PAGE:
3. 5 out of 5

    CaseyTheCanadianLesbrarian

    This collection of graphic short stories about an interconnected group of people was compulsively readable and very interesting. Dhaliwal uses the concept of Cyclops--people with one eye, as well as other physical differences--to investigate difference and marginalization in all their difficulties and joy. Pressure to assimilate, internalized hate, commodification, community and belonging, what support from a privileged partner looks like, storytelling, exoticization, and more! There were many m This collection of graphic short stories about an interconnected group of people was compulsively readable and very interesting. Dhaliwal uses the concept of Cyclops--people with one eye, as well as other physical differences--to investigate difference and marginalization in all their difficulties and joy. Pressure to assimilate, internalized hate, commodification, community and belonging, what support from a privileged partner looks like, storytelling, exoticization, and more! There were many moments where I, as a bi woman, cringed in recognition. And the cool thing is that someone with a completely difference marginalized identity could cringe in recognition at the same moment, because the idea's been translated to a science fictional context.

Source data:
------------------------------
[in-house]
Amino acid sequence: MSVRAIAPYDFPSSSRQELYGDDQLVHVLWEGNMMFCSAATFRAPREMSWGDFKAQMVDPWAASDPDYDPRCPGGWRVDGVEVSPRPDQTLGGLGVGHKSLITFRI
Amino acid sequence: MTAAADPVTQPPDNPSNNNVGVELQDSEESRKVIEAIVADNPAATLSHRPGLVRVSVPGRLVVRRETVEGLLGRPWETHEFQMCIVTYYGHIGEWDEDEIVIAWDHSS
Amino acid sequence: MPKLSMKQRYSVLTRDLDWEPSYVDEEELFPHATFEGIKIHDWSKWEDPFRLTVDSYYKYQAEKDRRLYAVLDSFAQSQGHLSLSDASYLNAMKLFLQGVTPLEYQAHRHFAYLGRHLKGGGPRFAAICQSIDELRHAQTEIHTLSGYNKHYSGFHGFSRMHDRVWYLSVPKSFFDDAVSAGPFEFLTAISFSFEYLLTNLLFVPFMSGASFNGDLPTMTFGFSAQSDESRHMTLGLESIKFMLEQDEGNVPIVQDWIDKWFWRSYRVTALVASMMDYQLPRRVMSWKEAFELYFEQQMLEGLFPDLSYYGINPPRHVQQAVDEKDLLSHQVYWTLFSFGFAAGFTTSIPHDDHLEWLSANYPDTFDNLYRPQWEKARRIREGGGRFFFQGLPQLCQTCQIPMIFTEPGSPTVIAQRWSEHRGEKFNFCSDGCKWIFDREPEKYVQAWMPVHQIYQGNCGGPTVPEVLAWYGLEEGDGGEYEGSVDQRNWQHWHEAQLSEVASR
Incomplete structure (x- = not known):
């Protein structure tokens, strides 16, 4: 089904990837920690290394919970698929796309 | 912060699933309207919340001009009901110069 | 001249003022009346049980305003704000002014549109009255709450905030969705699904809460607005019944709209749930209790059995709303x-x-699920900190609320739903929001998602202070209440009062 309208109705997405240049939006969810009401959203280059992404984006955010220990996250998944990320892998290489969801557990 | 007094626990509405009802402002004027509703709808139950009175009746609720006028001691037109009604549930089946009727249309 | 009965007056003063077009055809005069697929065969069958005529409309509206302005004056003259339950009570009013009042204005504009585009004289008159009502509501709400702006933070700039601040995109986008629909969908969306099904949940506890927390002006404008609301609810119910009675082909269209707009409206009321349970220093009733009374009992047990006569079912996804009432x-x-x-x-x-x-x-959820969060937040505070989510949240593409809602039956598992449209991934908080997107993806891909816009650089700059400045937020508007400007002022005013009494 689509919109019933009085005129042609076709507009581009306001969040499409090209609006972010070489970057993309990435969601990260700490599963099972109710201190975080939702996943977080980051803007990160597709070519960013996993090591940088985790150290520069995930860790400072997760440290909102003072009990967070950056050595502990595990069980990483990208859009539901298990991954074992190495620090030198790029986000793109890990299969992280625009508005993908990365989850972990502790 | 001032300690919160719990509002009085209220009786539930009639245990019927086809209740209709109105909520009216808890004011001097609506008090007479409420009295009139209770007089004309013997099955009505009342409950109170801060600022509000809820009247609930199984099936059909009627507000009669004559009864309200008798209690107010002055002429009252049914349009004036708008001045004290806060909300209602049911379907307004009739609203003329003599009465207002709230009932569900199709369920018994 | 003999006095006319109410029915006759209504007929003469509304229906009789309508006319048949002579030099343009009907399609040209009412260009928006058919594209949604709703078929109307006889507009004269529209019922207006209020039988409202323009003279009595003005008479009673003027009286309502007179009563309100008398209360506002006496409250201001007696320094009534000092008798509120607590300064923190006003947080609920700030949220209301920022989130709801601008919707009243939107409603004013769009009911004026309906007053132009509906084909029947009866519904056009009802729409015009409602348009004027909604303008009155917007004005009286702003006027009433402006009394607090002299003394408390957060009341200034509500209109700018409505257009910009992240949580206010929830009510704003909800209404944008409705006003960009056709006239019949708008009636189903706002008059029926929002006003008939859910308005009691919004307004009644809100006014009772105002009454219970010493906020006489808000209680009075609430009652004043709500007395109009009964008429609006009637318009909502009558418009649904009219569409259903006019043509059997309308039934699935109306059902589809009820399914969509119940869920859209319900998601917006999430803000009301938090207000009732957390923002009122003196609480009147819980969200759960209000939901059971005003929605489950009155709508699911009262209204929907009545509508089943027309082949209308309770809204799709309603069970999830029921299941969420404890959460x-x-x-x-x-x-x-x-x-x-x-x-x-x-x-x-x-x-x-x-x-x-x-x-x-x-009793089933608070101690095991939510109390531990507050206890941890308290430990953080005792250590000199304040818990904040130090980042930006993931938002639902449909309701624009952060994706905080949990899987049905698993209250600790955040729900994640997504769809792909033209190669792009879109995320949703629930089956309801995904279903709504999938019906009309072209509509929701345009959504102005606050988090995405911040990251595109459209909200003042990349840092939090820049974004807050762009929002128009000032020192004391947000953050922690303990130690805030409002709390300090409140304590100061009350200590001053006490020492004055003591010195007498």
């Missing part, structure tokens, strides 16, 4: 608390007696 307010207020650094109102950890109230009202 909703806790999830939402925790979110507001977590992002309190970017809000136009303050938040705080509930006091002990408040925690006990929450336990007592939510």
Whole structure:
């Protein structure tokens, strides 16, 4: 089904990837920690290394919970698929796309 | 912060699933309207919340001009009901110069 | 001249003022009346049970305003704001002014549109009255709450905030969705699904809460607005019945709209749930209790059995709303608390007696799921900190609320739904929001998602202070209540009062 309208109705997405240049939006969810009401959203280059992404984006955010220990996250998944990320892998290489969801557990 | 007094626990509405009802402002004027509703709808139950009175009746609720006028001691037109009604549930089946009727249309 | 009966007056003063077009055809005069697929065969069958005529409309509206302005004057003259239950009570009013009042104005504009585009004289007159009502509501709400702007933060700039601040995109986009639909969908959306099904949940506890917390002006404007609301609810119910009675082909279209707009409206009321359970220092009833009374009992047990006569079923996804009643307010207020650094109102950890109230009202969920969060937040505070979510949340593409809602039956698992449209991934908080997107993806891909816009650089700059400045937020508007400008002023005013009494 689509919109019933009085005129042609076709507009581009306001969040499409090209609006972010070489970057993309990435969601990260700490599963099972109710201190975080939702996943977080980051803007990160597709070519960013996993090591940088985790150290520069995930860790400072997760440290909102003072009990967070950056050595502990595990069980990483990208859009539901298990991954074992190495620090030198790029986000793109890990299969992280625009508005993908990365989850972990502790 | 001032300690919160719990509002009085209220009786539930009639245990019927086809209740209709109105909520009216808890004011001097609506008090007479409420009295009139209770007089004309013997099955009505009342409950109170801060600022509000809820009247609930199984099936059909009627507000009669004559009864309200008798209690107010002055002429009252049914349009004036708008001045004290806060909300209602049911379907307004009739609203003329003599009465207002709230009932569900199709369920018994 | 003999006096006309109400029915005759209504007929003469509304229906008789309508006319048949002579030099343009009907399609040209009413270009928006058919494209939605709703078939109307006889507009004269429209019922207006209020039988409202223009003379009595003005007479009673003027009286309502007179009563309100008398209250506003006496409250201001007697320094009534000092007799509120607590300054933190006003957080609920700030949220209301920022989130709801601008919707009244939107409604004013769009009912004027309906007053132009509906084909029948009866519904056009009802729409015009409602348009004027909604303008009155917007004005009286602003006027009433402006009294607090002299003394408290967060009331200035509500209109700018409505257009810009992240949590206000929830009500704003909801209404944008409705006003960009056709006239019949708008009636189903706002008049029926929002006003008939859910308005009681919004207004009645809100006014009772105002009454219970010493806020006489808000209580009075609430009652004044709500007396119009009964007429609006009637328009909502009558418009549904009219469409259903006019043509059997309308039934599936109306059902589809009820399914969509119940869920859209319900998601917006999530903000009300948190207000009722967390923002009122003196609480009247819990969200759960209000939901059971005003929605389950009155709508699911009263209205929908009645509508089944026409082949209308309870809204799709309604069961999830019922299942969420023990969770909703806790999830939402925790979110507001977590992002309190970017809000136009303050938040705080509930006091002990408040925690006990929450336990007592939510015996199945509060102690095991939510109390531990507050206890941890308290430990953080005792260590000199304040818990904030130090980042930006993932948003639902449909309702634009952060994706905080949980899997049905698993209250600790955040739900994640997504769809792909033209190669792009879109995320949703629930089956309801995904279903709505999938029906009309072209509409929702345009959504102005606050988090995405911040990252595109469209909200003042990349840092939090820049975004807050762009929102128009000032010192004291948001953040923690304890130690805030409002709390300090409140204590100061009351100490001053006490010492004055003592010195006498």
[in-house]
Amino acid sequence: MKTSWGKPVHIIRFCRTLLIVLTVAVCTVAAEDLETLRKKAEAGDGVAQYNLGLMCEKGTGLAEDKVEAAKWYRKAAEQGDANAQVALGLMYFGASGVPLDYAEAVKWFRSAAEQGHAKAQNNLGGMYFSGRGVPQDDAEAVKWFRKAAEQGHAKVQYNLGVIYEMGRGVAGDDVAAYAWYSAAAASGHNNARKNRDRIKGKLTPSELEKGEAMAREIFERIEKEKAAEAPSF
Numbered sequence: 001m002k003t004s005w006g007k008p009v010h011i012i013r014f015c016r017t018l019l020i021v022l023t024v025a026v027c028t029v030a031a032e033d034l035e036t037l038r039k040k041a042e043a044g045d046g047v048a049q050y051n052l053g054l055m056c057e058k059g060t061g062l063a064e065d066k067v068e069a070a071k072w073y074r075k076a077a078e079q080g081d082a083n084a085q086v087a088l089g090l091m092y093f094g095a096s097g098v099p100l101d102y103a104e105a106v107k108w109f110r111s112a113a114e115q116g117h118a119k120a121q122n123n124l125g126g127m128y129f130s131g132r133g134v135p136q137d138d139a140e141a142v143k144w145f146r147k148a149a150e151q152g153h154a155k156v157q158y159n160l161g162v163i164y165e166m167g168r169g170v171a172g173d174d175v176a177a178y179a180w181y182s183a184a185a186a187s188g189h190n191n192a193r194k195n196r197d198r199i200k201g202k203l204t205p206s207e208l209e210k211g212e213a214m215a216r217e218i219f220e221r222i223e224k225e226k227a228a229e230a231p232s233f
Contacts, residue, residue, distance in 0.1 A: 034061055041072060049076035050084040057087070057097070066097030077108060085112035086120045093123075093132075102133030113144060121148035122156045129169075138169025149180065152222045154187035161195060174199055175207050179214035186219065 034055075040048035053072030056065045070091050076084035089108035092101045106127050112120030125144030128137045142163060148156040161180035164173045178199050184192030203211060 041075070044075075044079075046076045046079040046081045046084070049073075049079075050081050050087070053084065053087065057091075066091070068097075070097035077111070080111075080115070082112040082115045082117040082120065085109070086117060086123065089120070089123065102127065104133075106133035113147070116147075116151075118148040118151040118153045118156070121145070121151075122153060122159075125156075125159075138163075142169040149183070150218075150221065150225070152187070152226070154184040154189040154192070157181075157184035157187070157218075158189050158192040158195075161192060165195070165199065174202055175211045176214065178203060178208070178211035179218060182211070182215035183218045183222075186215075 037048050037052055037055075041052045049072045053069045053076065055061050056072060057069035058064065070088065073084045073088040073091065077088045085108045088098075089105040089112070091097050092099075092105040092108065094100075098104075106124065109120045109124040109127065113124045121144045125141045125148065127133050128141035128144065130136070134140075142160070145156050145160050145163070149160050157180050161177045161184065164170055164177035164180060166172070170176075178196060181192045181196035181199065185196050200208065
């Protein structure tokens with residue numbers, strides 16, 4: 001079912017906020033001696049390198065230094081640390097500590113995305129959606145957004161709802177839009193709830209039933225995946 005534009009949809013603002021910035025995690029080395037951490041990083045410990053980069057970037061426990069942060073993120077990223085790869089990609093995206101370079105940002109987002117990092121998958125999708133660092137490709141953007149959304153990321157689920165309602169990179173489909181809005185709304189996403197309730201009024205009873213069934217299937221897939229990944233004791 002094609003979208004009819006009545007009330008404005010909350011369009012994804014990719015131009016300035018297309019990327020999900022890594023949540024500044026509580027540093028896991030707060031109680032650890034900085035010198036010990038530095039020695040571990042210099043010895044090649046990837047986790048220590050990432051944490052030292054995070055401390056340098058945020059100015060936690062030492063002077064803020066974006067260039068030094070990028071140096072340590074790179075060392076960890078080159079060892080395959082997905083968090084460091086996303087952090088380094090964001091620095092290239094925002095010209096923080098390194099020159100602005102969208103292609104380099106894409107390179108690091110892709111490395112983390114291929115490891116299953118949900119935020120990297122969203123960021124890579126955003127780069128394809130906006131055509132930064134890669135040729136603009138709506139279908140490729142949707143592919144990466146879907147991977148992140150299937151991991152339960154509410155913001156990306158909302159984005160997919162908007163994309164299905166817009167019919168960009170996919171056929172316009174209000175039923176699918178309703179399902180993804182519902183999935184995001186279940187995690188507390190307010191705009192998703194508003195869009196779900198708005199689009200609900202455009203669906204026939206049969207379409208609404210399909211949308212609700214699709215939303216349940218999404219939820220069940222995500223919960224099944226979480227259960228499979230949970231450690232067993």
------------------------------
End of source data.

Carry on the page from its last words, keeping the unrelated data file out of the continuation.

4. 4 out of 5

    Maia